Breton's birthday gift

In talking to his mother, I learned that Breton was not alone in putting his faith into action. Other children had done likewise at their birthday parties. Hayley Lovingood had collected items for Family Promise, and Leo Jaramillo had collected food for Second Harvest at their parties. Who knows what others have done?  What children!  What parents!

It is of little consequence, all these years later, that I cannot recall a long-ago birthday present. Yet, what might it mean years and years from now that these children have been shown how to give mercy and to show kindness?  What might it mean that they understand that to have regard for the least of these is to have regard for Christ?  What might it mean that they have learned early to put hands and feet to their faith?  How many lives will they touch as they show compassion to those in need and invite others to join them in living for Christ?

This is happening right before our eyes.  The Bible is being taught and learned.  Step by step, and day by day, boys and girls are living lives shaped by the teachings of Jesus.  It is cause for great hope.  It is more than that; it is also a testimony to the reality of God at work in our church.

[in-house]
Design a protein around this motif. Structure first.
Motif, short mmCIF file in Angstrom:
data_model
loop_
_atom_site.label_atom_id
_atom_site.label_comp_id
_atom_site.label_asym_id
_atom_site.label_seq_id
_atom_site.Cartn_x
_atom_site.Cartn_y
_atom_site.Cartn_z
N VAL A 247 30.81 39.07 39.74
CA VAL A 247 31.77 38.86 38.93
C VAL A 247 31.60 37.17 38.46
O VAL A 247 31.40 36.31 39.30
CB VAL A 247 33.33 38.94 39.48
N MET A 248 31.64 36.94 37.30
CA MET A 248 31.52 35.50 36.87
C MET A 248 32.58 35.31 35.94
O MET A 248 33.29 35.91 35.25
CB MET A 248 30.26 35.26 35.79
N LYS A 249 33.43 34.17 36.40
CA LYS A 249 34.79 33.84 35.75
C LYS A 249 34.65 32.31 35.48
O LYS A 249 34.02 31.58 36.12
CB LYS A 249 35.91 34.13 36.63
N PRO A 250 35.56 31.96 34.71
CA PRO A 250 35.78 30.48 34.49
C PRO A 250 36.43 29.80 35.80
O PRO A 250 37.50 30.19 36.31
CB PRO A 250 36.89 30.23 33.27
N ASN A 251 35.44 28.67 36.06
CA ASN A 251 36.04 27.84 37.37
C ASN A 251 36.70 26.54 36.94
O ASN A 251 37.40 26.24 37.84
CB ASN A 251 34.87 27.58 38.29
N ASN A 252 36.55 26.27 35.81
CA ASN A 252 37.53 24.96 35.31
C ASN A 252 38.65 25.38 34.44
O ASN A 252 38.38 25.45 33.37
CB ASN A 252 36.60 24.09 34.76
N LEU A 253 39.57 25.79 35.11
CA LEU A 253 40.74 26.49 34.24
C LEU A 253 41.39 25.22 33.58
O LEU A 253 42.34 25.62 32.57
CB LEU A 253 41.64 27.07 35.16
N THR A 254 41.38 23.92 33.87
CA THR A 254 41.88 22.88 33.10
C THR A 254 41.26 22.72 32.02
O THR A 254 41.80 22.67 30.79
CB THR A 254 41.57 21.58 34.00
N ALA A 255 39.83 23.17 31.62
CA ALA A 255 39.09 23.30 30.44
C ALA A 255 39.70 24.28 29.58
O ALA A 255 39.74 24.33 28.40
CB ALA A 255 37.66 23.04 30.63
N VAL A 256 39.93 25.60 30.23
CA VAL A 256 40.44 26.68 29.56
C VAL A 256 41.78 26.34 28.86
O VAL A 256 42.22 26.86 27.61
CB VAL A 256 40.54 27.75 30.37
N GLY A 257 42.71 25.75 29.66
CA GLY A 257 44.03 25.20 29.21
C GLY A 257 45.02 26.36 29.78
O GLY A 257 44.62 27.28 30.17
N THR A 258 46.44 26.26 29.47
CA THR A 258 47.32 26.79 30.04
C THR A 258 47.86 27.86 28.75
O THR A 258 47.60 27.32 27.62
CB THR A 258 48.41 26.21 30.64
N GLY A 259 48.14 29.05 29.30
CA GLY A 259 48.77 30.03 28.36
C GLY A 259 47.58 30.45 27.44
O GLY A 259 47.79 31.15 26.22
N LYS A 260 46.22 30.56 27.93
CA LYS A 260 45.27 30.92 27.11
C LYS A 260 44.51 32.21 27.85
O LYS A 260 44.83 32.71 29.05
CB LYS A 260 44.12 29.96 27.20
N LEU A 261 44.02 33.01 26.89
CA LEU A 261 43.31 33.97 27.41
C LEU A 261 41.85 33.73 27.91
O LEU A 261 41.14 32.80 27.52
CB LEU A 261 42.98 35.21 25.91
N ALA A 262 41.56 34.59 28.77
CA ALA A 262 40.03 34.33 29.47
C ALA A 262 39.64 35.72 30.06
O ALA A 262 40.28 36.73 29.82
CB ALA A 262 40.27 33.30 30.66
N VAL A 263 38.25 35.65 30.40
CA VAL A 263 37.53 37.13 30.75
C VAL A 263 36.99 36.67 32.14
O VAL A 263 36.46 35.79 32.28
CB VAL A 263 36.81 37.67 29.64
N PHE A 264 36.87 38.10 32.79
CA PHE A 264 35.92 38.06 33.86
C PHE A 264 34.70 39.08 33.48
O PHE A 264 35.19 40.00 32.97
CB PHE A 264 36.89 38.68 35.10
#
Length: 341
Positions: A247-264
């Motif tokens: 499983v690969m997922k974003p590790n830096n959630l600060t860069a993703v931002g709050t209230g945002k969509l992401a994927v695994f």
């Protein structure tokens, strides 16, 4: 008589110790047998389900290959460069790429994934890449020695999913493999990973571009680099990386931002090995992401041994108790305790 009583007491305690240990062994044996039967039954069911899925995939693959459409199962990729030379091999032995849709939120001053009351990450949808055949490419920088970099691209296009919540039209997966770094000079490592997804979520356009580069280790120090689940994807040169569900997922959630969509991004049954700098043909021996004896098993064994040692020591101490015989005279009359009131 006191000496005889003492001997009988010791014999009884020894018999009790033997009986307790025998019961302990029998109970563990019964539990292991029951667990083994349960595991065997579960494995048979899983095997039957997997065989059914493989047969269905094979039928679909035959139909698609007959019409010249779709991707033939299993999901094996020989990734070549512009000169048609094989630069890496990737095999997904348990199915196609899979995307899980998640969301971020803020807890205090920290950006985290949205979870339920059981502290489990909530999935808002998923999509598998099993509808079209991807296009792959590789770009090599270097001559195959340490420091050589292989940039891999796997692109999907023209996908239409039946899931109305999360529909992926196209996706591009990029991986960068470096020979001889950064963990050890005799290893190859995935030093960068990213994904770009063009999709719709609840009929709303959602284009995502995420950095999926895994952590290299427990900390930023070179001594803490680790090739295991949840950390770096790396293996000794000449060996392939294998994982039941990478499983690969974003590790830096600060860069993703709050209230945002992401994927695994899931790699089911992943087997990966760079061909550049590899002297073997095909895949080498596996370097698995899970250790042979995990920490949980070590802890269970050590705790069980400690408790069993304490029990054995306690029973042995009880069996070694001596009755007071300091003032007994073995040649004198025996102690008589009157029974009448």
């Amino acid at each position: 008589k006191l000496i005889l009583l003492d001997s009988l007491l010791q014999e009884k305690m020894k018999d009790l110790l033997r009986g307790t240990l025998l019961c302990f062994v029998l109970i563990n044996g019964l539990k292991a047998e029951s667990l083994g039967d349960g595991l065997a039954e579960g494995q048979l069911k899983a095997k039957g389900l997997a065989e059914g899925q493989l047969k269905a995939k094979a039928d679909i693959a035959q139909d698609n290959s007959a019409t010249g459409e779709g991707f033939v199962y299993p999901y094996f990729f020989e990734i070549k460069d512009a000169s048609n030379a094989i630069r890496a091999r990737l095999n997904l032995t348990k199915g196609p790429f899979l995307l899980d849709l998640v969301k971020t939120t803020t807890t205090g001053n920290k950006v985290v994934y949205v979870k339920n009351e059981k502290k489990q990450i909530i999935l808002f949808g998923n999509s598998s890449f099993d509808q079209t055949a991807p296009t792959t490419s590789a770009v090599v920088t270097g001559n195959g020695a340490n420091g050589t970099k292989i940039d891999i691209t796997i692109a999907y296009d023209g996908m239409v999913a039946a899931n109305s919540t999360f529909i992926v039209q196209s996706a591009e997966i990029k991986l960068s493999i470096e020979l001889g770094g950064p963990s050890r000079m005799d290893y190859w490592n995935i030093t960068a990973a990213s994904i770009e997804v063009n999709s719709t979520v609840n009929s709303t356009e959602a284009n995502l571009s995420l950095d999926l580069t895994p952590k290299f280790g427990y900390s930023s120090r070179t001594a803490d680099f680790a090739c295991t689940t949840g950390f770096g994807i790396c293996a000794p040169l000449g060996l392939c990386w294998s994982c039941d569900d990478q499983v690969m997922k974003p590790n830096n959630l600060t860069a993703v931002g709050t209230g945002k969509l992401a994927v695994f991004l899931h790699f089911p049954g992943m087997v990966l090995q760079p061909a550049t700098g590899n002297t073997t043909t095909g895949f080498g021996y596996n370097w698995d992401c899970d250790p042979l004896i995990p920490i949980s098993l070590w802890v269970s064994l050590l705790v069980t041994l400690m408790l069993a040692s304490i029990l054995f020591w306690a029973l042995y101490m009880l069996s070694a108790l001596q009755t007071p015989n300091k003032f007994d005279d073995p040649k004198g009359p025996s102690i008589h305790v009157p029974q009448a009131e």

Every day there are events taking place in our city and in our world that cause us to question, to have doubts, and perhaps even to feel fear.  When we see our children putting their faith into practice in such a meaningful way, it should be a significant reminder that we are not alone.  With their faithful acts of kindness, they are not only reminding us that the light of Christ is still shining, but they are also becoming part of the reason that darkness cannot overcome it.

A Hungry Thanksgiving

Thanksgiving is my favorite holiday.  The memories of long ago gatherings of family, food, and football at my grandparents’ house are some of my fondest.  These days we go to my sister’s house for Thanksgiving, trying to give to our children their own memories. This year, we are breaking our tradition of frying the turkey.  My brother-in-law wants to try to smoke it.  I feel a new memory in the making.